[This] stationery manufacturer and printing company was established in 1848 in Belfast, Ireland. Originally known as John Ward & Sons in the first half of the 19th Century, the company grew from a small paper mill into a successful color lithographer, specializing in Victorian-styled calendars and greeting cards towards the end of the 19th Century that garnered international reputation, moving to London by the end of the 1800s. At the turn of the 20th Century, as satellite branch was established just outside of Bush terminal on 29th St in Brooklyn, where Ward remained until completion of this site and the beginning of 1917.

This site, housing the company’s main manufacturing plant and company headquarters, employed between 150 and 200 people in the first decades of early 20th Century, while maintaining permanent salesrooms at 200 5th Ave in Manhattan, as well as sites in Chicago, Philadelphia, and San Francisco. Several of Ward’s brands during the early 20th Century were marketed towards the higher classes, with brand names such as “Gentlemen’s Writing Paper” and “Gentlemen’s Stationery,” white paper made from both parchment and bond paper, as well as Irish linen and Irish poplin. Other brands included the “”Papeterie des Tuilieres,” rose, blue, and pink envelopes embossed with a gold-colored four-leaf clover. By the early 1940s, however, the nearby Henry Waldes Company, also known as the Waldes Koh-I-Noor Company and initially established on 27th St and Austell Pl, purchased the facility, as well as several other factories in the immediate area, owning this building until at least the late 1970s.

During this time period, the building also housed Kelvinator Corporation, a national home appliance manufacturer specializing in refrigerators. Founded in Detroit in 1914 by engineer Nathaniel Wales, the company took its name from Lord Kelvin, the founder of the mathematical concept of Absolute Zero. Wales introduced the world’s first refrigerator with automatic controls in 1918, and within five years, his company controlled 80% of the home refrigeration market. In the mid-1930s, the company unveiled its Kelvin Home design, one of the earliest attempts at mass-produced residential air conditioning and heating. During World War II, the entirety of the company’s operations were converted to military production. After a series of corporate acquisitions in the latter half of the 20th Century, the Kelvinator name continues to grace products across the globe. Currently, a film archival company known as Paramount Antiques leases space inside the factory. [Comments, Sunnyside to Hunters Point, FNY 11/1/2020]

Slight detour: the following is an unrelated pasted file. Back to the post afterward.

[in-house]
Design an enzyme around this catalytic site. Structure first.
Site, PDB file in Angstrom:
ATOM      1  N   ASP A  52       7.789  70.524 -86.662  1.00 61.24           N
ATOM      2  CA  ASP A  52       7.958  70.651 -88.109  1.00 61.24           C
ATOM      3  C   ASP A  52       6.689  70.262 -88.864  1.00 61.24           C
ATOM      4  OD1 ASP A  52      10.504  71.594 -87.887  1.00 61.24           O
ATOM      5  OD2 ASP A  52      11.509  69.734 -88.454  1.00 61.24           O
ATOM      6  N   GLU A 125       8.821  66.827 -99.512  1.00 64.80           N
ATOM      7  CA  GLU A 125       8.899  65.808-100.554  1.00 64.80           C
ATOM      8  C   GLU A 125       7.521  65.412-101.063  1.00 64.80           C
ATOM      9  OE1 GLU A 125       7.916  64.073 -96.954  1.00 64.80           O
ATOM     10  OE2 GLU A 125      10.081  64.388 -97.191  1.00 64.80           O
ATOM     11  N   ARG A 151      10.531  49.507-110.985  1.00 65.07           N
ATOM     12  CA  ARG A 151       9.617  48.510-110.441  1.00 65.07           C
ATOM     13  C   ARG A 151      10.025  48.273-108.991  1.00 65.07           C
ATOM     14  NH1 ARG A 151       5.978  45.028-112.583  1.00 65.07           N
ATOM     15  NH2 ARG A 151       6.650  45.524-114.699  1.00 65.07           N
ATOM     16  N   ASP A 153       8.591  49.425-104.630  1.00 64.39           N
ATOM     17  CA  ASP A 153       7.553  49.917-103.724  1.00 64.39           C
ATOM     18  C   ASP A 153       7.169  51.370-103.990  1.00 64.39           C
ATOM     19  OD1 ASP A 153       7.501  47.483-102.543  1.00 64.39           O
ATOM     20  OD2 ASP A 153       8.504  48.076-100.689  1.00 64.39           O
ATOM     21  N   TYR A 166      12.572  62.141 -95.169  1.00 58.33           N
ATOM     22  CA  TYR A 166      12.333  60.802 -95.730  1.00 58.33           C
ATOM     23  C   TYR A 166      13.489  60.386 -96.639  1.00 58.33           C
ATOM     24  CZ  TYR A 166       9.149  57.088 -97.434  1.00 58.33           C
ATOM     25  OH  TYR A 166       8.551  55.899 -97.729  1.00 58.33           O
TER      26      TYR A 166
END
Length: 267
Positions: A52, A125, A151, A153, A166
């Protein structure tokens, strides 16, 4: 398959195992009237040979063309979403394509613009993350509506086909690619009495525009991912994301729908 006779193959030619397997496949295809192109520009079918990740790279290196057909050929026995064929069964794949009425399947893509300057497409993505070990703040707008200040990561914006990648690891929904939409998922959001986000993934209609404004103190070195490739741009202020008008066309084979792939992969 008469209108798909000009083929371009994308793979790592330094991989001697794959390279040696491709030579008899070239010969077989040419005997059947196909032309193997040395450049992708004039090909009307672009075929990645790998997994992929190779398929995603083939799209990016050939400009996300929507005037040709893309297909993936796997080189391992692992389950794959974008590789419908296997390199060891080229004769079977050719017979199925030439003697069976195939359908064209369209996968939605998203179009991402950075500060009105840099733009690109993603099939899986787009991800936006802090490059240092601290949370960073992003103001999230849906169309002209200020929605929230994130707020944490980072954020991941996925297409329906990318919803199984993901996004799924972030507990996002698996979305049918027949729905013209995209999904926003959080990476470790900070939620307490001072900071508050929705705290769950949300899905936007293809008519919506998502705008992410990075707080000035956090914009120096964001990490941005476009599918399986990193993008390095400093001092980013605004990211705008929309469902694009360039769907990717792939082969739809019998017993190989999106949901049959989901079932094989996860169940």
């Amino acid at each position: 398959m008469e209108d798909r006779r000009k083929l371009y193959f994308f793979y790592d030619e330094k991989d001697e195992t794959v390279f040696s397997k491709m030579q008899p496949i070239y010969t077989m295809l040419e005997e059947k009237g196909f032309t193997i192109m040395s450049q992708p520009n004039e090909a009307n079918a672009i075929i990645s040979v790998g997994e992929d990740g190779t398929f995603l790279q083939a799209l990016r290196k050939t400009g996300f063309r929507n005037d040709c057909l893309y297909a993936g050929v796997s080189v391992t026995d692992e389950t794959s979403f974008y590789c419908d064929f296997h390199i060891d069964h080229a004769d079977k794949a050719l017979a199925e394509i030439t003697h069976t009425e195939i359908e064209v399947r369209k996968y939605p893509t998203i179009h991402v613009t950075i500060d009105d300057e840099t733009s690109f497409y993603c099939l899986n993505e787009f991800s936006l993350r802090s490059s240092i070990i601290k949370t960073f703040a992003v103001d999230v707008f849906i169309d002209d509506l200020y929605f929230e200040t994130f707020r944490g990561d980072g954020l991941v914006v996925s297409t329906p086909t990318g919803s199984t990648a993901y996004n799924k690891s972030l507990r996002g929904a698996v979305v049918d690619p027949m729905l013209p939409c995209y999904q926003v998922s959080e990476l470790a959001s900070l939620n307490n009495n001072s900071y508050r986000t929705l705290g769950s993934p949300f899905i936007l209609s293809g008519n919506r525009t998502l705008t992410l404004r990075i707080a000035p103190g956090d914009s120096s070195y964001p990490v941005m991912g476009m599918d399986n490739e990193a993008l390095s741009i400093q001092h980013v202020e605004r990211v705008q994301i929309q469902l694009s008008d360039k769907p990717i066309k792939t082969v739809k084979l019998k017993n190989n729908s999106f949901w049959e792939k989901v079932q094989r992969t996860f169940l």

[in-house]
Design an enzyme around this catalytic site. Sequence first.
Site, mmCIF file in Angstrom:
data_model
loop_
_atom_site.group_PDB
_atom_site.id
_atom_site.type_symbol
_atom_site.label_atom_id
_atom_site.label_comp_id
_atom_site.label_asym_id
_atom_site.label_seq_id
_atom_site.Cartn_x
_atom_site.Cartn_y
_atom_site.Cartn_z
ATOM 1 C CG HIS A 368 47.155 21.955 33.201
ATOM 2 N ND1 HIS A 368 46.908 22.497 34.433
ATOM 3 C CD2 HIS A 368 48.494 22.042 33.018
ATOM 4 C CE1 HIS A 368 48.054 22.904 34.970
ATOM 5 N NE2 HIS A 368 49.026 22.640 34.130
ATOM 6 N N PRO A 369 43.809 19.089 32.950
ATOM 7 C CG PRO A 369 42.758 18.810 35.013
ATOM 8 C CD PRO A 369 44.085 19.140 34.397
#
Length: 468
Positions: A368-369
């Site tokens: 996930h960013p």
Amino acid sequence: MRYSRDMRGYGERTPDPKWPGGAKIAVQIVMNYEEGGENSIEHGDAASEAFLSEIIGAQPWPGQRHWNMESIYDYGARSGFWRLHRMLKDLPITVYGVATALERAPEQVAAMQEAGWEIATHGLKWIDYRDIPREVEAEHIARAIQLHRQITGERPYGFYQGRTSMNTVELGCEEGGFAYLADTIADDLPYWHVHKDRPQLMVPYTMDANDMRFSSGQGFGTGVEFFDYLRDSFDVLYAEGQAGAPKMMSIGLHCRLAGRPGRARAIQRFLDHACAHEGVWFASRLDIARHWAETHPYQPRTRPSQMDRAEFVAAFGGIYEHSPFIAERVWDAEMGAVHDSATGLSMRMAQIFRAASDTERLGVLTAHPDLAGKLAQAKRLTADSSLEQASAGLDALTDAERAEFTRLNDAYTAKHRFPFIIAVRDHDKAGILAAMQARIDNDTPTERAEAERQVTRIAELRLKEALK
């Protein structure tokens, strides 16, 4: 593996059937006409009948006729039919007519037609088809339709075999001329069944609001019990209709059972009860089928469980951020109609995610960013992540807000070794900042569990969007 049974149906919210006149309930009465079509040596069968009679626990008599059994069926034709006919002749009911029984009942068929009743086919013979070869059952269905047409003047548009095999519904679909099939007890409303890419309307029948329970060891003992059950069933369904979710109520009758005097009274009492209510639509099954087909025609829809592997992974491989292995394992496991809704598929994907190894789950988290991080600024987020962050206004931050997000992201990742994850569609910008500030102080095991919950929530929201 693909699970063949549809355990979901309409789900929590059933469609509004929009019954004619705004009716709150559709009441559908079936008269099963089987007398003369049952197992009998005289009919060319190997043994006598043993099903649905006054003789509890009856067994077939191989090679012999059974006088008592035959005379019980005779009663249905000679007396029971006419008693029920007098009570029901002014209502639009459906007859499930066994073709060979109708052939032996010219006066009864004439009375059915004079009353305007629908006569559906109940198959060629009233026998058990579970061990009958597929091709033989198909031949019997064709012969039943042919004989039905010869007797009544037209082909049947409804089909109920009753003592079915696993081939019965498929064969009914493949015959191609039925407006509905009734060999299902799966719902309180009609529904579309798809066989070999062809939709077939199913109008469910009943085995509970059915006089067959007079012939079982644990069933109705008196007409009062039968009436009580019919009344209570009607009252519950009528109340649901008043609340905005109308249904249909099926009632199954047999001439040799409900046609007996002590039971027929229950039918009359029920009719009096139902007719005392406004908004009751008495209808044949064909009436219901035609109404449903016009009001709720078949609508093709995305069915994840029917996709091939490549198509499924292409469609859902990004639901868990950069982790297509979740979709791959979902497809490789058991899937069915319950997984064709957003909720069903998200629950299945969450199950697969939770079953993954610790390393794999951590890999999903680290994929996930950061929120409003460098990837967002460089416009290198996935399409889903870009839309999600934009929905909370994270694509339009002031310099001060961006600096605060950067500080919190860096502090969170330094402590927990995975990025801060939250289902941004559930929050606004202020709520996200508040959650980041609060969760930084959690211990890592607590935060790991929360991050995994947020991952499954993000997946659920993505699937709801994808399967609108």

The Hunters Point Avenue Bridge, which crosses Dutch Kills, opened in 1910, is a vehicular bascule bridge that replaced two earlier bridges, made of wood and then iron. It is two years younger than the neighboring Borden Avenue Bridge, which is one of four retractile bridges remaining in the USA. It celebrated its centennial in 2010, though it had been largely renovated in the 1980s.

Seldom commented on, the Hunters Point Avenue Bridge segments Dutch Kills neatly, and has done so for [over] a century now. The marshes and streams which once typified the area before the advance of railroad and vast agglutination of industrial installation are long gone, relegated to subterranean sewers and masonry clad spillways, but a century ago the Hunters Point Avenue Bridge (and its predecessors) allowed egress between the terrestrial isolation of the Long Island City center and the rest of western Queens. Newtown Pentacle